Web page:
What explains the popularity of law and economics (L&E) in some academic communities and the scarcity of such scholarship in others? Many explanations have been given for the centrality of economic analysis in American legal thought and its marginality in Europe. This article examines what drives scholars to select L&E as a topic for research. It does so by implementing the methodology of many papers in the field - by assuming that regulation and incentives matter. Legal scholars face very different academic incentives in afferent parts of the world. In some countries, the academic standards for appointment, promotion and tenure encourage legal scholars to concentrate on L&E. In others, they strongly discourage such research. Thus, we should expect wide variation in the participation rate of legal scholars in the L&E discourse across countries. On the other hand, economists are evaluated with similar yardsticks everywhere, and thus their participation rate is likely to vary much less. The hypothesis of this paper is that academic incentives are a major factor in the level of participation in L&E scholarship. This "incentives hypothesis" is presented and then examined empirically with data gathered from the list of authors in L&E journals and the list of participants in L&E conferences. The data generally support the hypothesis. In legal academia, the incentives to focus research on L&E topics are the strongest in Israel, weaker in North America, and weakest in Europe. In fact, the data reveal that lawyers' authorship of L&E papers weighted by population is about ten times higher in Israel than in North America; while in Europe it is almost five times lower than in North America. By comparison, the weighted participation level of economists - who face relatively similar academic environments across countries - in L&E research is not significantly different across countries.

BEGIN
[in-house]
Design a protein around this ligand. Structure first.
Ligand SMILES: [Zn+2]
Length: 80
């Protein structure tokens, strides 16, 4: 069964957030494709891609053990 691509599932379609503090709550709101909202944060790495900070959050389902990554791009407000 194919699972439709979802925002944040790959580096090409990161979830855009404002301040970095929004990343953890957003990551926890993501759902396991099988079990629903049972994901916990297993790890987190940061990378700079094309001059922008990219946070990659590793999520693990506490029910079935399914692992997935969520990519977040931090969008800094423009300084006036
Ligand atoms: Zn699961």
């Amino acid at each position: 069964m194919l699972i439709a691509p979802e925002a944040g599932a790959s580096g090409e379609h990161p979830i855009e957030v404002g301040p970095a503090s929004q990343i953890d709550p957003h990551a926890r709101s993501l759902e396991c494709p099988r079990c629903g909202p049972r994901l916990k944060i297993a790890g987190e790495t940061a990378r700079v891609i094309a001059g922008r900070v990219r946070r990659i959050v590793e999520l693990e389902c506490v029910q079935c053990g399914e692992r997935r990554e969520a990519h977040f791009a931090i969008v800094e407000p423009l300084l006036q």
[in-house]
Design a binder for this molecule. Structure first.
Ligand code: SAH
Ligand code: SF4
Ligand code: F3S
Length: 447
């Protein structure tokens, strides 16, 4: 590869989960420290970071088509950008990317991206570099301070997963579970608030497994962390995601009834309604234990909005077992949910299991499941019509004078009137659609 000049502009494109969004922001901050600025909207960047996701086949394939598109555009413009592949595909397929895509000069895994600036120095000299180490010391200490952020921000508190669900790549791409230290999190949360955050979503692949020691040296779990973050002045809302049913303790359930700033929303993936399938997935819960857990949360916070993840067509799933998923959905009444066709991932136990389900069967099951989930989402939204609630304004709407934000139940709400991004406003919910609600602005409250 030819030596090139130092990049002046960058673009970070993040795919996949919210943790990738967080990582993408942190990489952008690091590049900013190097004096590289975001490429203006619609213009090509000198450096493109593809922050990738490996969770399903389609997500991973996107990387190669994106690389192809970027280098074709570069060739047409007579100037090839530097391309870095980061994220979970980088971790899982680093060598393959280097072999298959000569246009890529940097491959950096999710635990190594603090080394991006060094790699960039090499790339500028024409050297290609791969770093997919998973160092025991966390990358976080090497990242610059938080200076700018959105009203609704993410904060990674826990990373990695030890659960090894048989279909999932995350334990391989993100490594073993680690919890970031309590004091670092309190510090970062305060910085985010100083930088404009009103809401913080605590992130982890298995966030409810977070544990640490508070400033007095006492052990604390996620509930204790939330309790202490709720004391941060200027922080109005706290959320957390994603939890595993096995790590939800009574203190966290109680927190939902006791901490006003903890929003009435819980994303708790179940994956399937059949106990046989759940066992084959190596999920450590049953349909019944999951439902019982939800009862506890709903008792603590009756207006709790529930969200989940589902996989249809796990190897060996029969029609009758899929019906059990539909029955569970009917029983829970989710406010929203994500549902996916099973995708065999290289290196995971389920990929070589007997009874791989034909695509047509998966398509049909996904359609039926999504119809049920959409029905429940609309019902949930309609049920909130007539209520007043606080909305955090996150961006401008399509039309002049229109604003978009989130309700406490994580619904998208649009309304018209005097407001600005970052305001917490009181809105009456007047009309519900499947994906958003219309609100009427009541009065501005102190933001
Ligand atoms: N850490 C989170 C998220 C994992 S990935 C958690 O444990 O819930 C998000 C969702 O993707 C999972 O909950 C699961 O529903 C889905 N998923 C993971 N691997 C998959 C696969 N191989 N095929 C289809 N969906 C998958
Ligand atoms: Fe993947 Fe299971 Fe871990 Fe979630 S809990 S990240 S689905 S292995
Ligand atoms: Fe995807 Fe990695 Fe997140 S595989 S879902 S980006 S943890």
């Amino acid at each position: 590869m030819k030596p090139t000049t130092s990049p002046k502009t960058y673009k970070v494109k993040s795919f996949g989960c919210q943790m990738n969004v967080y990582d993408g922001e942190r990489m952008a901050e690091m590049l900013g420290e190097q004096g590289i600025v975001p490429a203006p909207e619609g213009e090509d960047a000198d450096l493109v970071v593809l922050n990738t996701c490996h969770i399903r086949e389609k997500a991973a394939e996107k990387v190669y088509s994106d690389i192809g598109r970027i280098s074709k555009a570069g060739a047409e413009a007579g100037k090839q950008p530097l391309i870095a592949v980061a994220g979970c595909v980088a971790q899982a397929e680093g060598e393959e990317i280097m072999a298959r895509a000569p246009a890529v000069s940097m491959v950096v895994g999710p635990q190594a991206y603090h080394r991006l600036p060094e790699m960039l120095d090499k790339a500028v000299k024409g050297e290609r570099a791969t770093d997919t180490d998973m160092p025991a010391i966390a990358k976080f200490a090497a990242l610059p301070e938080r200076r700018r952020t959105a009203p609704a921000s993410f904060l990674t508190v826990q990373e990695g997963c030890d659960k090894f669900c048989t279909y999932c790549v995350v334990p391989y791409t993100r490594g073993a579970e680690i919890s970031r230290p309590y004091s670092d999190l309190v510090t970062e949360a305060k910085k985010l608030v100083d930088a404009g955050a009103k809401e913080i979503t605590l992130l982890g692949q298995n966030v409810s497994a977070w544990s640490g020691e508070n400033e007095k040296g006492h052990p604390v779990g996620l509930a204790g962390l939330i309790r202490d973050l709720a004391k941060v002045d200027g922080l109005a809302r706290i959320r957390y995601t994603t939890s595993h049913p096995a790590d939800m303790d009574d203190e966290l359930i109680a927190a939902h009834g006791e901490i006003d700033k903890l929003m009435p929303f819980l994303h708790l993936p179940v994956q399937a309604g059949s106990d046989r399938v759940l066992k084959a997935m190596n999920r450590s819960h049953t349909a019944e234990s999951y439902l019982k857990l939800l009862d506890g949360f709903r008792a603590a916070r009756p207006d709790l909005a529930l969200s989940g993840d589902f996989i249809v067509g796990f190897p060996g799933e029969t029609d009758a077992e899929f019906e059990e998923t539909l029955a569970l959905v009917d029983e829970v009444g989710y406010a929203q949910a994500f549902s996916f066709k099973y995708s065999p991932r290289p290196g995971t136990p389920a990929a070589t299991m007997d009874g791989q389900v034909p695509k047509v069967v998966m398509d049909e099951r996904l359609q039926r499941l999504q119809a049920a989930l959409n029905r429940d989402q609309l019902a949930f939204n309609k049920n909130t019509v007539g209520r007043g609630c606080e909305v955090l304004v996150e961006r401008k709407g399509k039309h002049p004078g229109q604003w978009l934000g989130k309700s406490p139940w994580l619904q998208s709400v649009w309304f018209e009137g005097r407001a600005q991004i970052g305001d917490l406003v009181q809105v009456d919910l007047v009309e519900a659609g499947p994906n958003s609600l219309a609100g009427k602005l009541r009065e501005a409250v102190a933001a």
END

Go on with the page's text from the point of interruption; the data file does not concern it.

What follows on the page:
ASJC Scopus subject areas
- Economics, Econometrics and Finance (all)